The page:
The U.S. space agency says data from the Deep Impact comet collision reveals that an immense cloud of fine, powdery material was released when the impactor probe crashed into the Tempel 1 comet on July 4.

The Deep Impact project investigator Michael A'Hearn said Friday that the major surprise of the mission was finding that the dust churned up by the collision was more like talcum powder than beach sand. Most scientists expected the surface of the comet to be covered with ice. Scientists say the new finding suggests that the comet was formed gradually.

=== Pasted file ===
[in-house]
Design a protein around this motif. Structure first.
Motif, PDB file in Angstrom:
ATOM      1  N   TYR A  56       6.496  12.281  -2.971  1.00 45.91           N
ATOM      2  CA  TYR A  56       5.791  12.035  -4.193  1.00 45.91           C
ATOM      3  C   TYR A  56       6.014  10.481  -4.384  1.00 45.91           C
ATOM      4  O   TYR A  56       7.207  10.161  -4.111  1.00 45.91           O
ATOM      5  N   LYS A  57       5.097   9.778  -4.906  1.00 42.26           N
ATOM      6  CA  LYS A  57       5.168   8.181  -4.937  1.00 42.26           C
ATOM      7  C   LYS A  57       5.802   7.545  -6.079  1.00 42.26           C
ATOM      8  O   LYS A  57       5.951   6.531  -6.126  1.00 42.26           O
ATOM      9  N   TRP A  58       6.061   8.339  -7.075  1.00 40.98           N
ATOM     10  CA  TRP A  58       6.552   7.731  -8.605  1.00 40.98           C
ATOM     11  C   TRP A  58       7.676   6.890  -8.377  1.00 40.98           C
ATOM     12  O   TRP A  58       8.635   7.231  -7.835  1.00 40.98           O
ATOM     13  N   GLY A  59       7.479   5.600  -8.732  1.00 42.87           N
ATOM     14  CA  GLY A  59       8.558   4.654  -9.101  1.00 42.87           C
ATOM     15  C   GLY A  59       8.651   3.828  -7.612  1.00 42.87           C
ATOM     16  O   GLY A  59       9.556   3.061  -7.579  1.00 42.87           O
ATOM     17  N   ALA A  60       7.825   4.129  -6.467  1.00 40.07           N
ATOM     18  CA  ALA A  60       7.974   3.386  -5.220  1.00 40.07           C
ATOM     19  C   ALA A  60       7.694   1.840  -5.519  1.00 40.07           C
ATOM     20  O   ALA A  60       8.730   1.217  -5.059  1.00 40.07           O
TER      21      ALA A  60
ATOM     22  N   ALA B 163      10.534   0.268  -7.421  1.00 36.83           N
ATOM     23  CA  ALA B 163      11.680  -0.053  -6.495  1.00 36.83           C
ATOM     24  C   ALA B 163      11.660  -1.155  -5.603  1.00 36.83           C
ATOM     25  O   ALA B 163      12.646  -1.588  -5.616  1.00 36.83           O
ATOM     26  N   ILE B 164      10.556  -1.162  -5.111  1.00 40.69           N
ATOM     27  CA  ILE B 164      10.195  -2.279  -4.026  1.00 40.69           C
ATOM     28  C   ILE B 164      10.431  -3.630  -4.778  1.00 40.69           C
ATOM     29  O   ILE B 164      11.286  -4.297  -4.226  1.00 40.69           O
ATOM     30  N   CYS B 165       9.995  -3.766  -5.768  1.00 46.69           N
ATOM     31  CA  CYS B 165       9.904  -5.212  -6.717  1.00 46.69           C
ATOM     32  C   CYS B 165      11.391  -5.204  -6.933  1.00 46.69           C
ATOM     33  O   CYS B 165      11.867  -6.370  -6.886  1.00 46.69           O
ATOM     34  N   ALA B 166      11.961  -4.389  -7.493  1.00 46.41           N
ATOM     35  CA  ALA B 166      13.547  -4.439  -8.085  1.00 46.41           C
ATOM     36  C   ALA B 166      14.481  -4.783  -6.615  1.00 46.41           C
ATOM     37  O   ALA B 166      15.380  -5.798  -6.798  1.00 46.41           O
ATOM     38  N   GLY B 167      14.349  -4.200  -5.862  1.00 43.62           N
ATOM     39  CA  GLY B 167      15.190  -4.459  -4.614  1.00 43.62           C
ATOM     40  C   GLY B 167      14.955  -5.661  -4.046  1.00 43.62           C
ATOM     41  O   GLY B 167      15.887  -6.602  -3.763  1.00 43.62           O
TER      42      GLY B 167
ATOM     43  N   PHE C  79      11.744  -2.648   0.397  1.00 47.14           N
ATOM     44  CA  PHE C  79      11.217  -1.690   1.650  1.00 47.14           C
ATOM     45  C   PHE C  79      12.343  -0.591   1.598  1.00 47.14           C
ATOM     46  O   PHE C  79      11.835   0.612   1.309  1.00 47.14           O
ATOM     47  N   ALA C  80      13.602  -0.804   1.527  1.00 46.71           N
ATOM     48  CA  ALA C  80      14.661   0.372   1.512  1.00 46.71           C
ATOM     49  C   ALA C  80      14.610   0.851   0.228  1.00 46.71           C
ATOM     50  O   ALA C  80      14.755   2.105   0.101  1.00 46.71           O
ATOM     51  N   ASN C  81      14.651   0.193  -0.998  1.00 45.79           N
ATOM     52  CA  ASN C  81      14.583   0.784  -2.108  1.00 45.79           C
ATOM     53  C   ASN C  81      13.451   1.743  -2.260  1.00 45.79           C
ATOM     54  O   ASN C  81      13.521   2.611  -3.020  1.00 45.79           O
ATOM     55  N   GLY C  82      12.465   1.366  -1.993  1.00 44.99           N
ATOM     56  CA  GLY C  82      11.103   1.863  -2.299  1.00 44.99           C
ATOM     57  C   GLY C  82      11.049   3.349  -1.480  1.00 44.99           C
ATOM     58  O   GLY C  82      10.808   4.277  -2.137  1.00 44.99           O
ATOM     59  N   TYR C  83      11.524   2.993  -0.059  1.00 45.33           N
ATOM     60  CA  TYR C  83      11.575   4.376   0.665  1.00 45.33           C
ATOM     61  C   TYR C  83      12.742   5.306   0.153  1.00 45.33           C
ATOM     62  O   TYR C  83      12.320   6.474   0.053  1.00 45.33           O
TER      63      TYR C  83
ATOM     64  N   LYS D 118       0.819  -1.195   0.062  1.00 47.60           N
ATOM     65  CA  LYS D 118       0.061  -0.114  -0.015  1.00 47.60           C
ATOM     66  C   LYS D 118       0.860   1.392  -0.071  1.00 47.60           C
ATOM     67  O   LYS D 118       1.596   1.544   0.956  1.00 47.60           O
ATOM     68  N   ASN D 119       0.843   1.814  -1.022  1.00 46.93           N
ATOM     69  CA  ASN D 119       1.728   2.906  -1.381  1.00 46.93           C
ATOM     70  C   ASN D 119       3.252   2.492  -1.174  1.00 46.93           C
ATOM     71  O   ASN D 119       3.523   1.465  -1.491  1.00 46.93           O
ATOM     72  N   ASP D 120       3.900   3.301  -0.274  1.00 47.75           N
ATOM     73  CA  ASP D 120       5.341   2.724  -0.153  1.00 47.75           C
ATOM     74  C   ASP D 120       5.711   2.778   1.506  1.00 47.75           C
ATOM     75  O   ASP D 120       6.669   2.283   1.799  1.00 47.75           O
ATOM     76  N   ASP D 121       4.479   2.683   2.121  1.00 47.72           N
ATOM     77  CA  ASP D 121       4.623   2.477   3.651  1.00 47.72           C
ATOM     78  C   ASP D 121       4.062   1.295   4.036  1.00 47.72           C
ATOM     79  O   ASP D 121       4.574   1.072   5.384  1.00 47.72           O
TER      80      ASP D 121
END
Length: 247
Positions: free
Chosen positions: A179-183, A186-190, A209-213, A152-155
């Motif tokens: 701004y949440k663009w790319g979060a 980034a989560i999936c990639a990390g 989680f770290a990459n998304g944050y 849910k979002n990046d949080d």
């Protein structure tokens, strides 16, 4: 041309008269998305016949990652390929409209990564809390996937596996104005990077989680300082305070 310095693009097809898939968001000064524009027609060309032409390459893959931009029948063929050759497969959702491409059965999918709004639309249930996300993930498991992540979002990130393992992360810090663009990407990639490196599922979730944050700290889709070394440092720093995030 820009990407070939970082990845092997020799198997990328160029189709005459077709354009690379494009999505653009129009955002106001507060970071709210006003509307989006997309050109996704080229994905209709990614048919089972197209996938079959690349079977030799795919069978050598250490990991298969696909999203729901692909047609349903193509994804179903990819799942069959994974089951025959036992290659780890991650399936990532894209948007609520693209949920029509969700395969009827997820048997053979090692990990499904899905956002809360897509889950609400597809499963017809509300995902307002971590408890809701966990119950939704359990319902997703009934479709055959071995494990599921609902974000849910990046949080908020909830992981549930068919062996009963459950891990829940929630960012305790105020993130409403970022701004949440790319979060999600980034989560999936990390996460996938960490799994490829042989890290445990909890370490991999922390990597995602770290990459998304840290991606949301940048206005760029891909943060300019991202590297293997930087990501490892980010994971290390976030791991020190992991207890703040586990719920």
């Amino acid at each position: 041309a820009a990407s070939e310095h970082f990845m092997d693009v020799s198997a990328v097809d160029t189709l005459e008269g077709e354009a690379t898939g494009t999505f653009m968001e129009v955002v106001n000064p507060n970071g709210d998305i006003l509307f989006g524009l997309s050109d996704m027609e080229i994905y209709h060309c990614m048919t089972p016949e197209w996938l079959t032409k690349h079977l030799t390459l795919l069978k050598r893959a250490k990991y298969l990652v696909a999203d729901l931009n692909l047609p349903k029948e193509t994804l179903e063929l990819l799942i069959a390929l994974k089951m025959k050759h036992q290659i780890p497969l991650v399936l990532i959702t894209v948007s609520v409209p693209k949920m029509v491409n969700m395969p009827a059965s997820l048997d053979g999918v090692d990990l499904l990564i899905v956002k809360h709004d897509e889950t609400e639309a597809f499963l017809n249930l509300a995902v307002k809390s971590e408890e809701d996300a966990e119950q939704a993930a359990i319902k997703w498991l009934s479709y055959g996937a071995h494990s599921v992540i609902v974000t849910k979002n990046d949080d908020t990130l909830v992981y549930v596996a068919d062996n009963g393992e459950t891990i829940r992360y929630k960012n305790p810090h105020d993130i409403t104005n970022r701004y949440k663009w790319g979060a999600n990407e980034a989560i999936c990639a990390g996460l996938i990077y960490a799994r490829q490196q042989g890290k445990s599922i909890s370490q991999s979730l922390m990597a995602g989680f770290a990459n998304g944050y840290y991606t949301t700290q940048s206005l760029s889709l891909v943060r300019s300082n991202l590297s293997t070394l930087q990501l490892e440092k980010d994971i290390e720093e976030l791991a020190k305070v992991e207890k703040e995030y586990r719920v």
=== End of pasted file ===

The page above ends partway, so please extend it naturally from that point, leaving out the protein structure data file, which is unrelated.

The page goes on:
NASA is reviewing thousands of photos of the crash taken by both the impactor probe and the fly-by spacecraft. The Deep Impact mission was designed to gather information about the sub-surface of comets and give scientists possible insight into the origins of the solar system.

Some information for this report provided by AFP and AP.